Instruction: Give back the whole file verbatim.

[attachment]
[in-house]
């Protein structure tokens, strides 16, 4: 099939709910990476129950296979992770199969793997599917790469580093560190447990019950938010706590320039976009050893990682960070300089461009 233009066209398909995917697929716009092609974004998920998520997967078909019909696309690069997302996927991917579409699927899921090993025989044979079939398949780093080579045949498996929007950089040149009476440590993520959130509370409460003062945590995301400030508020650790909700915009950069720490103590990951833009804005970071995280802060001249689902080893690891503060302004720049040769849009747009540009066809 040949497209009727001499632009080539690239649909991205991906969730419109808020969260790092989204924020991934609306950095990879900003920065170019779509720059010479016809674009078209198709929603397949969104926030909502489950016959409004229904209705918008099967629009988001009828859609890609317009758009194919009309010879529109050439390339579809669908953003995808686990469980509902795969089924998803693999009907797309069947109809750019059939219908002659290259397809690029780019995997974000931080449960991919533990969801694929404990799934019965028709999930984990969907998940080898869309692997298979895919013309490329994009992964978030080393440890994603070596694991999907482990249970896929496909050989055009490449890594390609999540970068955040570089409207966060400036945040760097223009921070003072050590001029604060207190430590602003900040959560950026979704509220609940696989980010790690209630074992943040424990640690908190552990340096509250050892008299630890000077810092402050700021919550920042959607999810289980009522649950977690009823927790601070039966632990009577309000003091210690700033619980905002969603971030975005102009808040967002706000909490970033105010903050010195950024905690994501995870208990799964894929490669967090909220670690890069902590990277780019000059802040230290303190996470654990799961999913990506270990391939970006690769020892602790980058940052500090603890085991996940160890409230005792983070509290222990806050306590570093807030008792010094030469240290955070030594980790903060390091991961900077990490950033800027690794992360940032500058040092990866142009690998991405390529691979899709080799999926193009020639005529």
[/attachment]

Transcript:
[in-house]
């Protein structure tokens, strides 16, 4: 099939709910990476129950296979992770199969793997599917790469580093560190447990019950938010706590320039976009050893990682960070300089461009 233009066209398909995917697929716009092609974004998920998520997967078909019909696309690069997302996927991917579409699927899921090993025989044979079939398949780093080579045949498996929007950089040149009476440590993520959130509370409460003062945590995301400030508020650790909700915009950069720490103590990951833009804005970071995280802060001249689902080893690891503060302004720049040769849009747009540009066809 040949497209009727001499632009080539690239649909991205991906969730419109808020969260790092989204924020991934609306950095990879900003920065170019779509720059010479016809674009078209198709929603397949969104926030909502489950016959409004229904209705918008099967629009988001009828859609890609317009758009194919009309010879529109050439390339579809669908953003995808686990469980509902795969089924998803693999009907797309069947109809750019059939219908002659290259397809690029780019995997974000931080449960991919533990969801694929404990799934019965028709999930984990969907998940080898869309692997298979895919013309490329994009992964978030080393440890994603070596694991999907482990249970896929496909050989055009490449890594390609999540970068955040570089409207966060400036945040760097223009921070003072050590001029604060207190430590602003900040959560950026979704509220609940696989980010790690209630074992943040424990640690908190552990340096509250050892008299630890000077810092402050700021919550920042959607999810289980009522649950977690009823927790601070039966632990009577309000003091210690700033619980905002969603971030975005102009808040967002706000909490970033105010903050010195950024905690994501995870208990799964894929490669967090909220670690890069902590990277780019000059802040230290303190996470654990799961999913990506270990391939970006690769020892602790980058940052500090603890085991996940160890409230005792983070509290222990806050306590570093807030008792010094030469240290955070030594980790903060390091991961900077990490950033800027690794992360940032500058040092990866142009690998991405390529691979899709080799999926193009020639005529």